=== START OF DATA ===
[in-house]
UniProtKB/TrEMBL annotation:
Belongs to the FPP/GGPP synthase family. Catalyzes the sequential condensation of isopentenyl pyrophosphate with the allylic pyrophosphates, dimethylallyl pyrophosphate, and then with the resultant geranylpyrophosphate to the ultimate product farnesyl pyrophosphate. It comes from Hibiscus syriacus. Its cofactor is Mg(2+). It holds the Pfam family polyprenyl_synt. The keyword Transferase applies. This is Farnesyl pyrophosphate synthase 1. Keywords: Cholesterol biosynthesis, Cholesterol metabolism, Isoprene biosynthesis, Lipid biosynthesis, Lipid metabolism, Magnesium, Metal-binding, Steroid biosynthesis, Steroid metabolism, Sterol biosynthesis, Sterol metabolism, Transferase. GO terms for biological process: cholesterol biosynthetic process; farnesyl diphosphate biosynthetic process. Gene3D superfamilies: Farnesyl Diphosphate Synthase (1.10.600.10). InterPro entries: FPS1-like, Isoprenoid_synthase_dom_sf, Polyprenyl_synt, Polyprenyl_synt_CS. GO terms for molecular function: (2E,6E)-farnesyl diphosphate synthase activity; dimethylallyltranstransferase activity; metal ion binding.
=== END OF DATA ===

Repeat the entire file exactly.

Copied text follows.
[in-house]
UniProtKB/TrEMBL annotation:
Belongs to the FPP/GGPP synthase family. Catalyzes the sequential condensation of isopentenyl pyrophosphate with the allylic pyrophosphates, dimethylallyl pyrophosphate, and then with the resultant geranylpyrophosphate to the ultimate product farnesyl pyrophosphate. It comes from Hibiscus syriacus. Its cofactor is Mg(2+). It holds the Pfam family polyprenyl_synt. The keyword Transferase applies. This is Farnesyl pyrophosphate synthase 1. Keywords: Cholesterol biosynthesis, Cholesterol metabolism, Isoprene biosynthesis, Lipid biosynthesis, Lipid metabolism, Magnesium, Metal-binding, Steroid biosynthesis, Steroid metabolism, Sterol biosynthesis, Sterol metabolism, Transferase. GO terms for biological process: cholesterol biosynthetic process; farnesyl diphosphate biosynthetic process. Gene3D superfamilies: Farnesyl Diphosphate Synthase (1.10.600.10). InterPro entries: FPS1-like, Isoprenoid_synthase_dom_sf, Polyprenyl_synt, Polyprenyl_synt_CS. GO terms for molecular function: (2E,6E)-farnesyl diphosphate synthase activity; dimethylallyltranstransferase activity; metal ion binding.